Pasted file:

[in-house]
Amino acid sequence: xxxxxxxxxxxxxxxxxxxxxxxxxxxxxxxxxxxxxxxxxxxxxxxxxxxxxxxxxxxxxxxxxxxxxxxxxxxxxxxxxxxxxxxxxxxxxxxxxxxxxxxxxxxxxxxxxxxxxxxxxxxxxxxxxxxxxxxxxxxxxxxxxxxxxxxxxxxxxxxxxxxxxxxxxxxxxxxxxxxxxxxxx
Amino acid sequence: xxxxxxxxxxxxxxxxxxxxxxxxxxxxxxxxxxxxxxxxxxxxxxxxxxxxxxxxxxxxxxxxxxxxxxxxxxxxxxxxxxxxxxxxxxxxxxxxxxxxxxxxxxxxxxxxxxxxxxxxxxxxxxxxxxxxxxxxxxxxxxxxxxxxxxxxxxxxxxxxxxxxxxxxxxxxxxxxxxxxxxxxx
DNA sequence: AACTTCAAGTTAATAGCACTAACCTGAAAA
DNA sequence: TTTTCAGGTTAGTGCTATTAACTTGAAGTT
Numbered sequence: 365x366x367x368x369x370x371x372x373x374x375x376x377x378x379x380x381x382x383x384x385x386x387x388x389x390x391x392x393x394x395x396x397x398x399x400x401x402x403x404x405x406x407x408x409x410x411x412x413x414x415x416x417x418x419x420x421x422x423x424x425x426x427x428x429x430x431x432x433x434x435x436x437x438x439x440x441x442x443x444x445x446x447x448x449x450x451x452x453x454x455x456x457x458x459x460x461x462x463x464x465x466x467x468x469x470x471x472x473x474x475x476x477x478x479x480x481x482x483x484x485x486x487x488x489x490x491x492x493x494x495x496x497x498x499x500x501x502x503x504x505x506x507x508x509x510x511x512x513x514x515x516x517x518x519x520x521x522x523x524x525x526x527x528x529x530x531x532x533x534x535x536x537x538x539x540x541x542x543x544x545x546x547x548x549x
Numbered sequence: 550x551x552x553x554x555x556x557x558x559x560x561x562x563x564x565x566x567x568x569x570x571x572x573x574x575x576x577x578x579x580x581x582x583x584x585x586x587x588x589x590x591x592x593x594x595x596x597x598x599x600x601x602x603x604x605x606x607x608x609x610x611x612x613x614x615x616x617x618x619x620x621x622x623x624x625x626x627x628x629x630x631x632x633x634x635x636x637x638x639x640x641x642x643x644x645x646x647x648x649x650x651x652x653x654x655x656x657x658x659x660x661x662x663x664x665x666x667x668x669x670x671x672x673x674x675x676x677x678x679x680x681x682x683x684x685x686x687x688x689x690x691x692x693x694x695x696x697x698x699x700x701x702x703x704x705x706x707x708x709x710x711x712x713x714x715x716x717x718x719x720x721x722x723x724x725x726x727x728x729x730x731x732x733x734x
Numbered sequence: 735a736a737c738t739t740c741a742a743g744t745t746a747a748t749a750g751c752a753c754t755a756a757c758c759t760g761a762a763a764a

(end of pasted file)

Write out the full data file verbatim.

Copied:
[in-house]
Amino acid sequence: xxxxxxxxxxxxxxxxxxxxxxxxxxxxxxxxxxxxxxxxxxxxxxxxxxxxxxxxxxxxxxxxxxxxxxxxxxxxxxxxxxxxxxxxxxxxxxxxxxxxxxxxxxxxxxxxxxxxxxxxxxxxxxxxxxxxxxxxxxxxxxxxxxxxxxxxxxxxxxxxxxxxxxxxxxxxxxxxxxxxxxxxx
Amino acid sequence: xxxxxxxxxxxxxxxxxxxxxxxxxxxxxxxxxxxxxxxxxxxxxxxxxxxxxxxxxxxxxxxxxxxxxxxxxxxxxxxxxxxxxxxxxxxxxxxxxxxxxxxxxxxxxxxxxxxxxxxxxxxxxxxxxxxxxxxxxxxxxxxxxxxxxxxxxxxxxxxxxxxxxxxxxxxxxxxxxxxxxxxxx
DNA sequence: AACTTCAAGTTAATAGCACTAACCTGAAAA
DNA sequence: TTTTCAGGTTAGTGCTATTAACTTGAAGTT
Numbered sequence: 365x366x367x368x369x370x371x372x373x374x375x376x377x378x379x380x381x382x383x384x385x386x387x388x389x390x391x392x393x394x395x396x397x398x399x400x401x402x403x404x405x406x407x408x409x410x411x412x413x414x415x416x417x418x419x420x421x422x423x424x425x426x427x428x429x430x431x432x433x434x435x436x437x438x439x440x441x442x443x444x445x446x447x448x449x450x451x452x453x454x455x456x457x458x459x460x461x462x463x464x465x466x467x468x469x470x471x472x473x474x475x476x477x478x479x480x481x482x483x484x485x486x487x488x489x490x491x492x493x494x495x496x497x498x499x500x501x502x503x504x505x506x507x508x509x510x511x512x513x514x515x516x517x518x519x520x521x522x523x524x525x526x527x528x529x530x531x532x533x534x535x536x537x538x539x540x541x542x543x544x545x546x547x548x549x
Numbered sequence: 550x551x552x553x554x555x556x557x558x559x560x561x562x563x564x565x566x567x568x569x570x571x572x573x574x575x576x577x578x579x580x581x582x583x584x585x586x587x588x589x590x591x592x593x594x595x596x597x598x599x600x601x602x603x604x605x606x607x608x609x610x611x612x613x614x615x616x617x618x619x620x621x622x623x624x625x626x627x628x629x630x631x632x633x634x635x636x637x638x639x640x641x642x643x644x645x646x647x648x649x650x651x652x653x654x655x656x657x658x659x660x661x662x663x664x665x666x667x668x669x670x671x672x673x674x675x676x677x678x679x680x681x682x683x684x685x686x687x688x689x690x691x692x693x694x695x696x697x698x699x700x701x702x703x704x705x706x707x708x709x710x711x712x713x714x715x716x717x718x719x720x721x722x723x724x725x726x727x728x729x730x731x732x733x734x
Numbered sequence: 735a736a737c738t739t740c741a742a743g744t745t746a747a748t749a750g751c752a753c754t755a756a757c758c759t760g761a762a763a764a